Sample Deal Documents: Good sources for sample forms and clauses include Practical Law Company (PLC), DealLawyers.com and the multi-volume treatiseTakeovers & Freezeouts (Law Journal Press). The Corporate Transactions feature on Bloomberg Law has one module to help you locate relevant transactional language” and another that is designed to help you “Determine market drafting standards and refine your own documents by analyzing language from more than seven million actual agreements.”

Shark Repellent: “Shark Repellent” refers to Poison Pills, Supermajority Voting Requirements and other techniques company managements employ to prevent takeovers. Factset compiles a database, available through SharkRepellent and the Alacra Store, that summarizes which techniques are in effect at each of the covered companies. See also the “Shareholders” entry.

What’s Market? Resources for benchmarking an M&A deal against similar deals are available on Practical Law (PLC), Bloomberg Law and FORSITEt by Fortis Advisors. Some information can be gathered using Capital IQ, FactSetMergers.com and Thomson One.

Mergers and the State Laws

Select from the list of U.S. States below for state-specific information on Mergers:

Mergers (Bank Expansion)

This section introduces, discusses and describes the basics of mergers. Then, cross references and a brief overview about Bank Expansion is provided. Finally, the subject of Banking Law in relation with mergers is examined. Note that a list of cross references, bibliography and other resources appears at the end of this entry.

Resources

See Also

Antitrust Law
Business Information
Company Information
Federal Trade Commission
Foreign Laws
Hart-Scott-Rodino

Further Reading

Mergers and acquisitions

Find more information on Mergers and acquisitions in relation to the Antitrust Implications of Doing Business Overseas in the legal Encyclopedias.

Legal Issues in Mergers and Acquisitions

Find more information on Legal Issues in Mergers and Acquisitions in relation to the Export Control in Merger and Acquisitions in the legal Encyclopedias.

Mergers and the International Trade Law

Resources

See Also

Further Reading

  • Mergers entry in the Dictionary of International Trade Law (Raj Bhala)
  • Mergers entry in the Gale Encyclopedia of U.S. Economic History (Thomas Carson; Mary Bonk)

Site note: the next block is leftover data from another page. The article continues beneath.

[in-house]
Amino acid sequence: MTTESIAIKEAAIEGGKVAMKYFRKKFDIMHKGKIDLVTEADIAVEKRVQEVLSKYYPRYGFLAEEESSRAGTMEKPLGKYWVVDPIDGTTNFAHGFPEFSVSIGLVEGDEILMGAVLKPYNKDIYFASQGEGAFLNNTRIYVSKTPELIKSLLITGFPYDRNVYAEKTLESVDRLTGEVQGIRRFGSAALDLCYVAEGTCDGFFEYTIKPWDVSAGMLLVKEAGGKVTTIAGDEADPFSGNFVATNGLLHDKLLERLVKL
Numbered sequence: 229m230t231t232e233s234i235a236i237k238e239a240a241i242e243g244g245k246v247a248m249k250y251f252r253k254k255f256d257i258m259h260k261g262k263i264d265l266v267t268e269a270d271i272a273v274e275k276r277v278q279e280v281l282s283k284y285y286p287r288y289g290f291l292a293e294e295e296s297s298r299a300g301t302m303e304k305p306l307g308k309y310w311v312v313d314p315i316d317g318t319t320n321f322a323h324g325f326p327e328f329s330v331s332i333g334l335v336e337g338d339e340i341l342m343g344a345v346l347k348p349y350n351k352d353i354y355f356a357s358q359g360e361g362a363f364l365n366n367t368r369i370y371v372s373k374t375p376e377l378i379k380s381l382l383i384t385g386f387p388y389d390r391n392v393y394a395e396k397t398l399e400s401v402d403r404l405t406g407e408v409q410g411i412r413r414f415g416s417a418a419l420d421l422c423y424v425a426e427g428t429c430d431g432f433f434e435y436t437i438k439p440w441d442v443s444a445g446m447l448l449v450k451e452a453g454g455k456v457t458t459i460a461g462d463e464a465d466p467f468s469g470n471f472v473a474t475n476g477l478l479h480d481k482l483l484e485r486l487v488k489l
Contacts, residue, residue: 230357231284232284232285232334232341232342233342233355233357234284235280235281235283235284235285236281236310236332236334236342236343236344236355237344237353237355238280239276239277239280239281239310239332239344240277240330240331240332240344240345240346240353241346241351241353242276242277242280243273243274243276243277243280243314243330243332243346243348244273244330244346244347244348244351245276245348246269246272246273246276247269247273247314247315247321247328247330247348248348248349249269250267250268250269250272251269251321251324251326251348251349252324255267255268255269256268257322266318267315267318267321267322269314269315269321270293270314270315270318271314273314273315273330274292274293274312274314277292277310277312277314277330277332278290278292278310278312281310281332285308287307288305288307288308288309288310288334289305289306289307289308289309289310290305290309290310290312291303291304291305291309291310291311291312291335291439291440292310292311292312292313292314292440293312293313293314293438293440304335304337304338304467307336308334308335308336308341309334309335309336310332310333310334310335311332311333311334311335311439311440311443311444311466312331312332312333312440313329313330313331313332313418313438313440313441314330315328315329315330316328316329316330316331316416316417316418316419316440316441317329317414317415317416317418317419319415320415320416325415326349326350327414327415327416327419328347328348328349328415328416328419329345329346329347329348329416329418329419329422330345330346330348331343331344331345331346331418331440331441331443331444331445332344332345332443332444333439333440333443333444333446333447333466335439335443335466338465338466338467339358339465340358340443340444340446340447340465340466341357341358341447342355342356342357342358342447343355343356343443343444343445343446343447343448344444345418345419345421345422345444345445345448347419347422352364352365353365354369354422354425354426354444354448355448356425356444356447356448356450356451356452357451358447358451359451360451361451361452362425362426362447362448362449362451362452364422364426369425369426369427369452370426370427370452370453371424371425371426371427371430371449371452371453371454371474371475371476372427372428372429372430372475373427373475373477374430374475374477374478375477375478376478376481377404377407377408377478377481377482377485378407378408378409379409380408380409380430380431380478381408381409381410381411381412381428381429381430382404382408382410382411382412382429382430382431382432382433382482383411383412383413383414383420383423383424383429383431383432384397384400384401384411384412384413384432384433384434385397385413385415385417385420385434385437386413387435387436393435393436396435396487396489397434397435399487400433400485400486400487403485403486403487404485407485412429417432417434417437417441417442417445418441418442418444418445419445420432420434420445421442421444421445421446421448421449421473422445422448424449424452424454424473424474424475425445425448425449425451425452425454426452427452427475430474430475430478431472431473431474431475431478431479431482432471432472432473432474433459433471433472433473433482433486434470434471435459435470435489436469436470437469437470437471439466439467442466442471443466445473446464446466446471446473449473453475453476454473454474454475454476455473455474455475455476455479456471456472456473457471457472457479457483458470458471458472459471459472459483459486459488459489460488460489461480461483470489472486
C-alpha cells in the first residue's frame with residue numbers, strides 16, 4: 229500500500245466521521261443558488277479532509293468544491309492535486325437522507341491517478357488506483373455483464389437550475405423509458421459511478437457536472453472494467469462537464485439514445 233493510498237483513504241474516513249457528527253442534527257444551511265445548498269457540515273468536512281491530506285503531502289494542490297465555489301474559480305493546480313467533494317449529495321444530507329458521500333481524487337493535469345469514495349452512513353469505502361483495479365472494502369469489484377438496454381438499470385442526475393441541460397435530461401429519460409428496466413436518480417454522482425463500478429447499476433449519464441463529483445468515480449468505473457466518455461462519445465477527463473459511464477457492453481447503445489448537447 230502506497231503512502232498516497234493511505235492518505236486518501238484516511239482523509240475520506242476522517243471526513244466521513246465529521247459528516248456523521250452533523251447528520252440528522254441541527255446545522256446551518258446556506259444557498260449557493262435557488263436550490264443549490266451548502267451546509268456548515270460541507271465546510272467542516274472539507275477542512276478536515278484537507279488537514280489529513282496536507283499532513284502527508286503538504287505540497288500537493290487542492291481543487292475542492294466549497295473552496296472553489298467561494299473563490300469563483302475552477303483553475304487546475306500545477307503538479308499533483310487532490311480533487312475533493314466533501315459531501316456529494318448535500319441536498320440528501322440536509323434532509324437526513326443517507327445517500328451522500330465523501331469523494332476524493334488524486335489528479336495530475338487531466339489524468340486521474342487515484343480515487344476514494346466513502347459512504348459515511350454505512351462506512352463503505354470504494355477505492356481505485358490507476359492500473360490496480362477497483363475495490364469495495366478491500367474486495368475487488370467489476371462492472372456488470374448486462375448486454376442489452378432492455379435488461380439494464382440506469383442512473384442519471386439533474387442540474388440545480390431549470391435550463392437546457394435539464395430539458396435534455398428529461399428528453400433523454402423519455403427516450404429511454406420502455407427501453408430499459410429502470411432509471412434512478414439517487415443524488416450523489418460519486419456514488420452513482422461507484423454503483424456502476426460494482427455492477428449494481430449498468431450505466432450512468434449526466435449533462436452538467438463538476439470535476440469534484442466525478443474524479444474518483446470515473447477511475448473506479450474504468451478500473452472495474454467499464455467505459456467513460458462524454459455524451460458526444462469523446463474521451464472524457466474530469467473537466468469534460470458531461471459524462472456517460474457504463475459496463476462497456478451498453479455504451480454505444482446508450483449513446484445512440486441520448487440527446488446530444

• Mergers entry in the Dictionary of International Trade
  • Mergers entry in the Dictionary of International Trade: Handbook of the Global Trade Community (Edward G. Hinkelman)

Tax Issues in Mergers and Acquisitions

Find more information on Tax Issues in Mergers and Acquisitions in relation to the Export Control in Merger and Acquisitions in the legal Encyclopedias.

Mergers: Open and Free Legal Research of US Law

Federal Primary Materials

The U.S. federal government system consists of executive, legislative, and judicial branches, each of which creates information that can be the subject of legal research about Mergers. This part provides references, in relation to Mergers, to the legislative process, the federal judiciary, and the primary sources of federal law (cases, statutes, and regulations).

Federal primary materials about Mergers by content types:

Laws and Regulations

US Constitution
Federal Statutory Codes and Legislation

Federal Case Law and Court Materials

U.S. Courts of Appeals
United States courts of appeals, inclouding bankruptcy courts and bankcruptcy appellate panels:

Federal Administrative Materials and Resources

Presidential Materials

Materials that emanate from the President’s lawmaking function include executive orders for officers in departments and agencies and proclamations for announcing ceremonial or commemorative policies. Presidential materials available include:

Executive Materials

Federal Legislative History Materials

Legislative history traces the legislative process of a particular bill (about Mergers and other subjects) for the main purpose of determining the legislators’ intent behind the enactment of a law to explain or clarify ambiguities in the language or the perceived meaning of that law (about Mergers or other topics), or locating the current status of a bill and monitoring its progress.

State Administrative Materials and Resources

State regulations are rules and procedures promulgated by state agencies (which may apply to Mergers and other topics); they are a binding source of law. In addition to promulgating regulations, state administrative boards and agencies often have judicial or quasi-judicial authority and may issue administrative decisions affecting Mergers. Finding these decisions can be challenging. In many cases, researchers about Mergers should check state agency web sites for their regulations, decisions, forms, and other information of interest.

State rules and regulations are found in codes of regulations and administrative codes (official compilation of all rules and regulations, organized by subject matter). Search here:

State opinions of the Attorney General (official written advisory opinions on issues of state law related to Mergers when formerly requested by a designated government officer):

Tools and Forms

Law in Other Regions